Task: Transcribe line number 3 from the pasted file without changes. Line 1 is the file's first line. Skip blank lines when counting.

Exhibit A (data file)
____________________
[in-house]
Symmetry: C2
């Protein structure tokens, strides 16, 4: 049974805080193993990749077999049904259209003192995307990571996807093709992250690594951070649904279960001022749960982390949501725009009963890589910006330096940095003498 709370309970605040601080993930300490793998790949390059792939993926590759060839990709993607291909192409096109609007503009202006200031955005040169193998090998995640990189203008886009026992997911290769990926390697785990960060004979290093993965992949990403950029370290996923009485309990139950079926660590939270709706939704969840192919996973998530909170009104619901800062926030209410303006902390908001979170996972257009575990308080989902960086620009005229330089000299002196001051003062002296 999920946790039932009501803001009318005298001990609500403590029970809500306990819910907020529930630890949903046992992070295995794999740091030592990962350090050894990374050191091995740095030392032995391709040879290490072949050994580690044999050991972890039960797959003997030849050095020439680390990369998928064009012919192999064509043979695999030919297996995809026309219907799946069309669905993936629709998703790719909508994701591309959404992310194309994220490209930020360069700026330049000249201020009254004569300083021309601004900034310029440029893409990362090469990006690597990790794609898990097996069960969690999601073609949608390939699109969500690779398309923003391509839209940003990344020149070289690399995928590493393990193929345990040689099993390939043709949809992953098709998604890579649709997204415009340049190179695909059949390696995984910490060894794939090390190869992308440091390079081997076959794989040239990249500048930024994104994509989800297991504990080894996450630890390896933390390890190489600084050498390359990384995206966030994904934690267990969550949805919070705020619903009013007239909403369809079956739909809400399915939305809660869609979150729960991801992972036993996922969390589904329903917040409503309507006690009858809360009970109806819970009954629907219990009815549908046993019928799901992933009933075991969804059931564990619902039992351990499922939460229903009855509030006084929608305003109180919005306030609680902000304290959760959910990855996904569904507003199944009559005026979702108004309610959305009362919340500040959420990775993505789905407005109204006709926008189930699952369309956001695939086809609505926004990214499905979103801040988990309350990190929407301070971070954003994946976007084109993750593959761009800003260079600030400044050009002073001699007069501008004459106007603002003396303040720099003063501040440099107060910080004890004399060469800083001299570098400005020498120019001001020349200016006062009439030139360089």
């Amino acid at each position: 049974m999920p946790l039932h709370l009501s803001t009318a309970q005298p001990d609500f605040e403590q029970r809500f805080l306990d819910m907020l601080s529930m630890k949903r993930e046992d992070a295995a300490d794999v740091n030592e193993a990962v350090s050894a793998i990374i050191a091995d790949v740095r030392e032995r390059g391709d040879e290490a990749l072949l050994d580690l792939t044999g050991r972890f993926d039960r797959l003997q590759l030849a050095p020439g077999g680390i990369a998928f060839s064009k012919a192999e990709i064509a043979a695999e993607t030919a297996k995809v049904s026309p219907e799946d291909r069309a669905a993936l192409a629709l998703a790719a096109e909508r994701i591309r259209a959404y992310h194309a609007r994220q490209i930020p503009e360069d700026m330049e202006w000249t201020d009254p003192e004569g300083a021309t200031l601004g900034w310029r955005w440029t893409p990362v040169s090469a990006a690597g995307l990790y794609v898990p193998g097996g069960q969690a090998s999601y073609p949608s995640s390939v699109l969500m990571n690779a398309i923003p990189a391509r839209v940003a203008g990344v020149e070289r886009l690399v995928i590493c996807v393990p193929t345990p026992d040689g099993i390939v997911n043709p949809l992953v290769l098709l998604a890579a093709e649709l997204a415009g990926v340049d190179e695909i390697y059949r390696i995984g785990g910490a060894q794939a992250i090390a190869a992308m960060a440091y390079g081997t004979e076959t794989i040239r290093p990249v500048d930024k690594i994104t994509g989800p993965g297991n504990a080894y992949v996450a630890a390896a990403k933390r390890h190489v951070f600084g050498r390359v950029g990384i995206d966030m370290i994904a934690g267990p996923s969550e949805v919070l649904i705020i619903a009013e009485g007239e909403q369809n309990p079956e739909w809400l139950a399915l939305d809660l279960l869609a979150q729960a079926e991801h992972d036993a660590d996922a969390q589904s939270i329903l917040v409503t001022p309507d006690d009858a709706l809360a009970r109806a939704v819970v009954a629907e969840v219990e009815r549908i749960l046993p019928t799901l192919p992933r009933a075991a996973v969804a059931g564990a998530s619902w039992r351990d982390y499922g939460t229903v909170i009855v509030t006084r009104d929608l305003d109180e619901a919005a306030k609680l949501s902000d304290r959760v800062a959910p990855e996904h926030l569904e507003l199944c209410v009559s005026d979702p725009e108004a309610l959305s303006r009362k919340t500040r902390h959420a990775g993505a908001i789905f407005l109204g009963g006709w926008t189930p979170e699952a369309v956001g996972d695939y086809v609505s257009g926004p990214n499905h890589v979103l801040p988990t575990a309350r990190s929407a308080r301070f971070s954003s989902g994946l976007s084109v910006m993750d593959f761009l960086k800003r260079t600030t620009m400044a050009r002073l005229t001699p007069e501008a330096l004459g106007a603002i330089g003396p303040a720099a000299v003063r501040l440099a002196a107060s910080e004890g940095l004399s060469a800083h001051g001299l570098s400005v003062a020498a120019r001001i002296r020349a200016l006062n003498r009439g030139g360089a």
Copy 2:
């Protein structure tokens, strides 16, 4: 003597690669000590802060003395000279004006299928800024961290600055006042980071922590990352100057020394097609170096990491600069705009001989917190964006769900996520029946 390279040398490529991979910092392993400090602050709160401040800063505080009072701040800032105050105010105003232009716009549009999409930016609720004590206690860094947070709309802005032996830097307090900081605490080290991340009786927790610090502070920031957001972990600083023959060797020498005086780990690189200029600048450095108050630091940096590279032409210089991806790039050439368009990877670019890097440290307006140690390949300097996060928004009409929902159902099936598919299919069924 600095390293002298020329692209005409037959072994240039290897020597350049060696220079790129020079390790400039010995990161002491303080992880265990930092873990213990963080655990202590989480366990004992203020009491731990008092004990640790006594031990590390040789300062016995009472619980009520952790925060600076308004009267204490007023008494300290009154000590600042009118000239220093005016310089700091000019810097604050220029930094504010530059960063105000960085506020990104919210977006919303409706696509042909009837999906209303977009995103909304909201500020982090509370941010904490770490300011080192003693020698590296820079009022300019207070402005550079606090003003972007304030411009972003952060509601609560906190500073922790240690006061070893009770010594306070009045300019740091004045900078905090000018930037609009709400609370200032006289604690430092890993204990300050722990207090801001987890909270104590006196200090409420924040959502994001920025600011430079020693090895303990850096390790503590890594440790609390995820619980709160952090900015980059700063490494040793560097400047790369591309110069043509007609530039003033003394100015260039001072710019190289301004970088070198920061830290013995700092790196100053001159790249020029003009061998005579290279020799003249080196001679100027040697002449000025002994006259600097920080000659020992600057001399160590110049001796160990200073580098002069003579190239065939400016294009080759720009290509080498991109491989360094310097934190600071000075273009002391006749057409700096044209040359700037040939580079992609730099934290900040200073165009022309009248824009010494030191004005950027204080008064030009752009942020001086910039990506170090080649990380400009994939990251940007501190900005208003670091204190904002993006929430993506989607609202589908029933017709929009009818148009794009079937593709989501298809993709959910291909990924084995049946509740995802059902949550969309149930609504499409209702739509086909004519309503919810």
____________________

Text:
């Protein structure tokens, strides 16, 4: 049974805080193993990749077999049904259209003192995307990571996807093709992250690594951070649904279960001022749960982390949501725009009963890589910006330096940095003498 709370309970605040601080993930300490793998790949390059792939993926590759060839990709993607291909192409096109609007503009202006200031955005040169193998090998995640990189203008886009026992997911290769990926390697785990960060004979290093993965992949990403950029370290996923009485309990139950079926660590939270709706939704969840192919996973998530909170009104619901800062926030209410303006902390908001979170996972257009575990308080989902960086620009005229330089000299002196001051003062002296 999920946790039932009501803001009318005298001990609500403590029970809500306990819910907020529930630890949903046992992070295995794999740091030592990962350090050894990374050191091995740095030392032995391709040879290490072949050994580690044999050991972890039960797959003997030849050095020439680390990369998928064009012919192999064509043979695999030919297996995809026309219907799946069309669905993936629709998703790719909508994701591309959404992310194309994220490209930020360069700026330049000249201020009254004569300083021309601004900034310029440029893409990362090469990006690597990790794609898990097996069960969690999601073609949608390939699109969500690779398309923003391509839209940003990344020149070289690399995928590493393990193929345990040689099993390939043709949809992953098709998604890579649709997204415009340049190179695909059949390696995984910490060894794939090390190869992308440091390079081997076959794989040239990249500048930024994104994509989800297991504990080894996450630890390896933390390890190489600084050498390359990384995206966030994904934690267990969550949805919070705020619903009013007239909403369809079956739909809400399915939305809660869609979150729960991801992972036993996922969390589904329903917040409503309507006690009858809360009970109806819970009954629907219990009815549908046993019928799901992933009933075991969804059931564990619902039992351990499922939460229903009855509030006084929608305003109180919005306030609680902000304290959760959910990855996904569904507003199944009559005026979702108004309610959305009362919340500040959420990775993505789905407005109204006709926008189930699952369309956001695939086809609505926004990214499905979103801040988990309350990190929407301070971070954003994946976007084109993750593959761009800003260079600030400044050009002073001699007069501008004459106007603002003396303040720099003063501040440099107060910080004890004399060469800083001299570098400005020498120019001001020349200016006062009439030139360089």